Stock pickers again followed the market in the 2020 roller coaster

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WSJ.com: Markets

In a year when stock picking was best, stock picking companies again fell short.

In 2020, 60% of US large-cap stock selection funds lagged the S&P 500 benchmark, according to new data from S&P Dow Jones Indices.

The market turmoil last year was unprecedented: with the spread of Covid-19, the US benchmark index lost a third of its value in less than five weeks in February and March before rising in August to hit new highs and the year double digit exit profits.

However, the failure of most stock-picking funds to outperform benchmarks was nothing new: 2020 marked the eleventh year in a row that the majority of actively managed US large-cap funds, according to S&P Dow Jones Indices at the end of the year behind the S&P 500, the scorecard for active management was left behind.

One factor that may have contributed to the market being tough to beat over the past year was the resounding performance of large tech stocks, which are a powerful force on the S&P 500. The 16% rise in the US stock index over the course of the year was driven by an 81% rise in Apple shares Inc.

and a 76% increase in Amazon.com shares Inc.

An 81% increase in Apple stock in 2020 helped the S&P 500 gain 16% over the year. An Apple Store in San Francisco in February.


Photo:

David Paul Morris / Bloomberg News

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“The dominance of really big stocks is difficult for active managers,” said Craig Lazzara, global head of index investment strategy for S&P Dow Jones Indices. “You would have to be in a bigger position than most active managers like to hold the overweights in the biggest stocks,” he said.

At the end of December, Apple made up 6.7% of the S&P 500 while Amazon made up 4.4%.

This year has been a different story so far, with technology stocks lagging the market as investors buy stocks of energy and financial companies to bet on broader economic growth. While the S&P 500 was up 4.9% in 2021, shares of Apple and Amazon fell.

According to Morningstar Direct, 2020 performance was mixed among the three largest actively managed US large-cap funds late last year.

Class A Shares in American Funds The Growth Fund of America – a $ 256 billion fund at the end of December – returned 38% in 2020, outperforming the S&P 500’s total return of 18% and the total return of the S&P of 33% 500 growth index.

The oldest share class in the Fidelity Contrafund Fund, which Morningstar has also classified as a growth fund, returned a little under 33%, outperforming the S&P 500 but lagging the growth index. In contrast, Class A shares of American Funds Washington Mutual Investors Fund returned 7.7% annually, lagging the S&P 500.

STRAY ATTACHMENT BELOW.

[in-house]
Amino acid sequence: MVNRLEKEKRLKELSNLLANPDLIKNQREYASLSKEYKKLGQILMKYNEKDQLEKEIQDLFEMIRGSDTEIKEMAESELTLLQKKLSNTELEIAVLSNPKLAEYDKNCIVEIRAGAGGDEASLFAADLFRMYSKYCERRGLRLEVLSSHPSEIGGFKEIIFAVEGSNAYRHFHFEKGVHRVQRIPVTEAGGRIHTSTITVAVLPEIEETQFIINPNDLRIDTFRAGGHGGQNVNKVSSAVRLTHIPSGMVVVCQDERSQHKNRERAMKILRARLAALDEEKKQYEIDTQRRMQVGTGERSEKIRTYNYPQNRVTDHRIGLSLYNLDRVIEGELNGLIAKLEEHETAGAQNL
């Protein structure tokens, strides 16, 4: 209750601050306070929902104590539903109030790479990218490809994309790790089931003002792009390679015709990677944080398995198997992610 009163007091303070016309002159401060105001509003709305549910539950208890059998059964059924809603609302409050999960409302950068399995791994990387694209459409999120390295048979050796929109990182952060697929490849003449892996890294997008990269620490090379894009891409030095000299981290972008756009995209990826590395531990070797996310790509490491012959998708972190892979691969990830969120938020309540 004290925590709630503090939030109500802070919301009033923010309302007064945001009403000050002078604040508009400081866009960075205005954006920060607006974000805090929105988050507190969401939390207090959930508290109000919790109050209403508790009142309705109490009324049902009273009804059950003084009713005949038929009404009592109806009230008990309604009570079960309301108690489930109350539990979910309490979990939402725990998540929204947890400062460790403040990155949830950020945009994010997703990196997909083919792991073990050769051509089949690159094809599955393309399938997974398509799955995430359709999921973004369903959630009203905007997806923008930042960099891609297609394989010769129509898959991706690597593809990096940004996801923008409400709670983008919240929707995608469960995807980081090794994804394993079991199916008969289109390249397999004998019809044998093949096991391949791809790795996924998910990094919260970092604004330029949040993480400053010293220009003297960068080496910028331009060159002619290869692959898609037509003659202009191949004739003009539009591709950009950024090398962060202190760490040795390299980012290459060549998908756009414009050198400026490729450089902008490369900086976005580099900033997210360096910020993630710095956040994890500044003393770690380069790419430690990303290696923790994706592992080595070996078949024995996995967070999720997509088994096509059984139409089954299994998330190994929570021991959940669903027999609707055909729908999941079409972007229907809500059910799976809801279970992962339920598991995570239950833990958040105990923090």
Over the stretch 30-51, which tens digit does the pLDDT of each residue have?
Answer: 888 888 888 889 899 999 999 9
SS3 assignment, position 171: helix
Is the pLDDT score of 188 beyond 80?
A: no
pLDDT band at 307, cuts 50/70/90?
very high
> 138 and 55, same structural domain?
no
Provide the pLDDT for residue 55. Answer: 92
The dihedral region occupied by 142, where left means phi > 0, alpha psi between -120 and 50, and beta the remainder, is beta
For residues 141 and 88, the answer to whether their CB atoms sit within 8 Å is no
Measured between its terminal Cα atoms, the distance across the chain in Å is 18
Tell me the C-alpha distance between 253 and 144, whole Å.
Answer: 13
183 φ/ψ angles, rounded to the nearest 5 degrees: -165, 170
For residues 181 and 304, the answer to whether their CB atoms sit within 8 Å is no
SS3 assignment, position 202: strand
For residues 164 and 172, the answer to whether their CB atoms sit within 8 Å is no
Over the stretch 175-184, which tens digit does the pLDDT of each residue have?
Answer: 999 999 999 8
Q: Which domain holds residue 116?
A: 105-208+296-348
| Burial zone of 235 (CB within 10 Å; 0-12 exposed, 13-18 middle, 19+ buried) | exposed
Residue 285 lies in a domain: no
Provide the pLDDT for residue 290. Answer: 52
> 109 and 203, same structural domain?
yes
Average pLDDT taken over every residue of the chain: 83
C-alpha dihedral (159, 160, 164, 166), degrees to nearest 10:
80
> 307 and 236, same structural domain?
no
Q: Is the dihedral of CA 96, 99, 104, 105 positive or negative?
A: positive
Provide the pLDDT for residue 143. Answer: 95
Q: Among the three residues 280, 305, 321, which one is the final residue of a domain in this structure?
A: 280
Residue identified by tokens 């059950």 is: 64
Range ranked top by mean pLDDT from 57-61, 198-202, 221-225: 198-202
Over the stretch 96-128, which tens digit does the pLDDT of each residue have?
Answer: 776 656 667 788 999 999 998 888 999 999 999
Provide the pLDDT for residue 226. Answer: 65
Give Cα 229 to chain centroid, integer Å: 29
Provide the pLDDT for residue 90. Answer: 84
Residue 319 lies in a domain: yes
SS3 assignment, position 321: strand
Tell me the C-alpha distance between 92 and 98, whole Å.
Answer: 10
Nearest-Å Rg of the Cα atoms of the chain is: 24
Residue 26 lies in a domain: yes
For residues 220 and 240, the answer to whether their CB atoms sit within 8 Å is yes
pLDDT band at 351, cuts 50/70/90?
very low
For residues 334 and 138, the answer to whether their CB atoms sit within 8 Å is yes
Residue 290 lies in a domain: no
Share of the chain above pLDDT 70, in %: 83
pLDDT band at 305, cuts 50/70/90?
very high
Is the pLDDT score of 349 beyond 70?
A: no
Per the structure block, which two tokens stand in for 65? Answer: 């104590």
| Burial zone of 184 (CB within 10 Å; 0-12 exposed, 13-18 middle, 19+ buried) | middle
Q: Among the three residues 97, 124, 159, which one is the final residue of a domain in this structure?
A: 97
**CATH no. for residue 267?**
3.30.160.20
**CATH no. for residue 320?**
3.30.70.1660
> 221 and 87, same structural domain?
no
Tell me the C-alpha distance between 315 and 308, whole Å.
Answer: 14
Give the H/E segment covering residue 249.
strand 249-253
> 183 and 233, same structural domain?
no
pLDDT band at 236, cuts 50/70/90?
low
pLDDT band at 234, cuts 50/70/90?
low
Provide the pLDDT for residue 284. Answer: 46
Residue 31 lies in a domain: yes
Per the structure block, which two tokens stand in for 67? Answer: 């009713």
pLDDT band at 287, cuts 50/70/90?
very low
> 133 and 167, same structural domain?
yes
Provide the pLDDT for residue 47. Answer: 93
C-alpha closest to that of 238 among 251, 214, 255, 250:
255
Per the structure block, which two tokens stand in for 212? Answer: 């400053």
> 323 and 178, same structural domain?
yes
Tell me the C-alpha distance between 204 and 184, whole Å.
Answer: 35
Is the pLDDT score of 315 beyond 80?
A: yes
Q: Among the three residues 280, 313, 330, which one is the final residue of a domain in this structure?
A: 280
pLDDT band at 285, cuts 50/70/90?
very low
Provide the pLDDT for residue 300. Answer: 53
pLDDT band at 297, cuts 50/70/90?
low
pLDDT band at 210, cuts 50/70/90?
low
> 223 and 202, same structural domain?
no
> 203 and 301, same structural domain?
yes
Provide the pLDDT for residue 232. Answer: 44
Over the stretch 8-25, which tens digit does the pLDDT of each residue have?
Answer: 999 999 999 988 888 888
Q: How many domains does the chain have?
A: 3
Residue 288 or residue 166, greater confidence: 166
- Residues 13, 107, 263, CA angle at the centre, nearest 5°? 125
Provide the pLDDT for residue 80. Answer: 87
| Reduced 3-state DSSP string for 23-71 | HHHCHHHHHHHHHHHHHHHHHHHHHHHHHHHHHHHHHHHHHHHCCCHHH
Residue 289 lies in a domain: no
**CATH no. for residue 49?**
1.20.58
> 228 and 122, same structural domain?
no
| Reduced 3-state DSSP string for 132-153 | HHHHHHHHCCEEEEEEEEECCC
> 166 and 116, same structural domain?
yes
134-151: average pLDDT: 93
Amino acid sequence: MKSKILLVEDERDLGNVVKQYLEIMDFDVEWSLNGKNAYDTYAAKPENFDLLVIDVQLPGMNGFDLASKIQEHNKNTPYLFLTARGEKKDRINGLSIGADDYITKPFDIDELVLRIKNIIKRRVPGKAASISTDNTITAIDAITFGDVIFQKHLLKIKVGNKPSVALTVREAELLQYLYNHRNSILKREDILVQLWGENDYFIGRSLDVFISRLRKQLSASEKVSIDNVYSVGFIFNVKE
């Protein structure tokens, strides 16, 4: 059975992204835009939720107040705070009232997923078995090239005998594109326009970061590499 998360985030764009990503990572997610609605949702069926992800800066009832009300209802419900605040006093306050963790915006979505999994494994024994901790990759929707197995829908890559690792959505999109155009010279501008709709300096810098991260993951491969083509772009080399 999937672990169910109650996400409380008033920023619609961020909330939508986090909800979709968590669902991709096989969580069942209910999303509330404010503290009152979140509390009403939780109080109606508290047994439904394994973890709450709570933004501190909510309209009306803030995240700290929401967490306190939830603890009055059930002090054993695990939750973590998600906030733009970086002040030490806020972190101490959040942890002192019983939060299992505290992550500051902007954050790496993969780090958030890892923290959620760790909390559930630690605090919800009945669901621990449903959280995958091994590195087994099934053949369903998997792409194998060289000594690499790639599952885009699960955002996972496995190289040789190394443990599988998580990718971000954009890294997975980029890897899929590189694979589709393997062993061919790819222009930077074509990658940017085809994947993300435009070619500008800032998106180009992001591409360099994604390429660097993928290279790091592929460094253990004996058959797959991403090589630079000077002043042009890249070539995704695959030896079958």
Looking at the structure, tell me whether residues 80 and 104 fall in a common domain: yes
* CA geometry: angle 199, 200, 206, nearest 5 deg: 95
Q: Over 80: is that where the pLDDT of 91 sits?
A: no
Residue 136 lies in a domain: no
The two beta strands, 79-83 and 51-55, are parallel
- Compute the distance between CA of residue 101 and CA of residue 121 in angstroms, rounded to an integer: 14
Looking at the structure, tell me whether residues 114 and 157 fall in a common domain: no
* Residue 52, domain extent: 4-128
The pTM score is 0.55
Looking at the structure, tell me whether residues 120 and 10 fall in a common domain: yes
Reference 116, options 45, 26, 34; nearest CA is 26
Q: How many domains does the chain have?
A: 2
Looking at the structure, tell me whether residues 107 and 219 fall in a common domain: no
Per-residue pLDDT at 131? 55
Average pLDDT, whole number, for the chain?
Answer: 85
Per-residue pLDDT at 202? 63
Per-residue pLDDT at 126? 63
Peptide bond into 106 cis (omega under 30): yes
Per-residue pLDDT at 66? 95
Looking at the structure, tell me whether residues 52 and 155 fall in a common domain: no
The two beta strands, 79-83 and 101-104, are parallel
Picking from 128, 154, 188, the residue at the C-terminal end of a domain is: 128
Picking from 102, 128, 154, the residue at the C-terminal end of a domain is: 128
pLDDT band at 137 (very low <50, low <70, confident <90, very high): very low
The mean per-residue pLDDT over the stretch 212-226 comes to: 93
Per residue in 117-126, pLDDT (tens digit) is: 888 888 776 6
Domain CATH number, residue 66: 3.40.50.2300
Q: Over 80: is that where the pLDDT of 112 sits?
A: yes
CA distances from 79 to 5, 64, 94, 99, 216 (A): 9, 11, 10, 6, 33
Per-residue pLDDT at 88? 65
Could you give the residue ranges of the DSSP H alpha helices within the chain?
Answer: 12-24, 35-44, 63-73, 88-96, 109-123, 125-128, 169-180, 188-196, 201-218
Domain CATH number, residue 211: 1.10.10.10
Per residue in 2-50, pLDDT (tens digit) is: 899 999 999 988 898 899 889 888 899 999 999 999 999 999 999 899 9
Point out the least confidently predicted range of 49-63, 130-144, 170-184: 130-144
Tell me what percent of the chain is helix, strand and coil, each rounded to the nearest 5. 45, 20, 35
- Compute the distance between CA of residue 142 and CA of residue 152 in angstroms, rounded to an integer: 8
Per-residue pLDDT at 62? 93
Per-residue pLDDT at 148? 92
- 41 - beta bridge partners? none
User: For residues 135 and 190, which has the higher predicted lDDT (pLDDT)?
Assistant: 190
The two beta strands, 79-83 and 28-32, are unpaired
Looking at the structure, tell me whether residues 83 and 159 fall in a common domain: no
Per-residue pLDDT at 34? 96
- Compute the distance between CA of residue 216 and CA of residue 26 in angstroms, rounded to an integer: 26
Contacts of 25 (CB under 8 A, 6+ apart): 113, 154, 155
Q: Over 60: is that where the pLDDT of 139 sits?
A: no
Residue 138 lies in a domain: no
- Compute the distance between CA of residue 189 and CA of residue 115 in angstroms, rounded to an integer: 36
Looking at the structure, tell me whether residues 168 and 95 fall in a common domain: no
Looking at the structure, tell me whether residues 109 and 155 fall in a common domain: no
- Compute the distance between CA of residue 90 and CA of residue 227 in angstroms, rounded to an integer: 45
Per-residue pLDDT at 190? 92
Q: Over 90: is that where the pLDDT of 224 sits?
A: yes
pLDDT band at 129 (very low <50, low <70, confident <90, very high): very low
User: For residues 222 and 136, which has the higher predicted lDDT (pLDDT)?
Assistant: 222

Active managers did slightly better when selecting mid-cap and small-cap stocks, with 51% and 46% of funds in these categories lagging their respective S&P benchmarks.

Stock picking may have a better chance of success in areas like small caps, where companies are often less scrutinized than their larger counterparts, said Sarah Samuels, director of investment manager research at NEPC, an investment advisory firm.

“Smaller-cap names are less well covered by analysts,” she said. “It’s not that efficient, so you should be able to create more value.”

Tech stocks have lagged the market so far this year, with Amazon stocks falling while the S&P 500 rose 3.8% in 2021. Amazon packages were delivered in New York last October.


Photo:

Victor J. Blue / Bloomberg News

Stock selection strategies targeting fast-growing companies or low-priced stocks have also been relatively bright spots over the past year. More than half of large-cap growth funds and large-cap value funds – 62% and 67%, respectively – outperformed their benchmarks.

Long-term, S&P Dow Jones Indices found that most US equity funds, regardless of their category, do not outperform the relevant equity index. Of the U.S. large-cap funds that were in business 20 years ago, 6% are still operating and have beaten the S&P 500 during that time, according to the report.

At the end of 2019, $ 4.6 trillion in passively managed funds was indexed to the S&P 500, while $ 6.6 trillion in actively managed funds was compared to the index.

Write to Karen Langley at karen.langley@wsj.com

Copyright © 2020 Dow Jones & Company, Inc. All rights reserved. 87990cbe856818d5eddac44c7b1cdeb8

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